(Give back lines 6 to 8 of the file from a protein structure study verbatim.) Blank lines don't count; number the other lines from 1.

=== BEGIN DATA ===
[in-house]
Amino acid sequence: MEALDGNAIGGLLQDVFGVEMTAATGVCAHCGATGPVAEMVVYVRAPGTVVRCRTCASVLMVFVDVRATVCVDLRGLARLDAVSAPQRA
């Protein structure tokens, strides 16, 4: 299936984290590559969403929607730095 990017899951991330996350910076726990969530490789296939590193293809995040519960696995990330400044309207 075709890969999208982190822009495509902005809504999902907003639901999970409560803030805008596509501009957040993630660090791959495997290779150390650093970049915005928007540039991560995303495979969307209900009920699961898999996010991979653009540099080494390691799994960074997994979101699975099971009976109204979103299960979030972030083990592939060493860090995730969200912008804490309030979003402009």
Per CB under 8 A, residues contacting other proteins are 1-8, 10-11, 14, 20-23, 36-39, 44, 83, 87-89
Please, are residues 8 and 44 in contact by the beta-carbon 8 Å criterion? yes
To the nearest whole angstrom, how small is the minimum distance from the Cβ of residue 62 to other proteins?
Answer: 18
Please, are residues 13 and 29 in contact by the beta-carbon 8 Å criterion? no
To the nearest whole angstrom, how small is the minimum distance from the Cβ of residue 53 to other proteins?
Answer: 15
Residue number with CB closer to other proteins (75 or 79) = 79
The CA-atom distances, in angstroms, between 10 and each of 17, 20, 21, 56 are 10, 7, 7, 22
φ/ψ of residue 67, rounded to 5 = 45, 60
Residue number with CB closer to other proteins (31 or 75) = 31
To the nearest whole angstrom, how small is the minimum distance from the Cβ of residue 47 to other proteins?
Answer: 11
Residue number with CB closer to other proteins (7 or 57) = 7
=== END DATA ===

To the nearest whole angstrom, how small is the minimum distance from the Cβ of residue 62 to other proteins?
Answer: 18
Please, are residues 13 and 29 in contact by the beta-carbon 8 Å criterion? no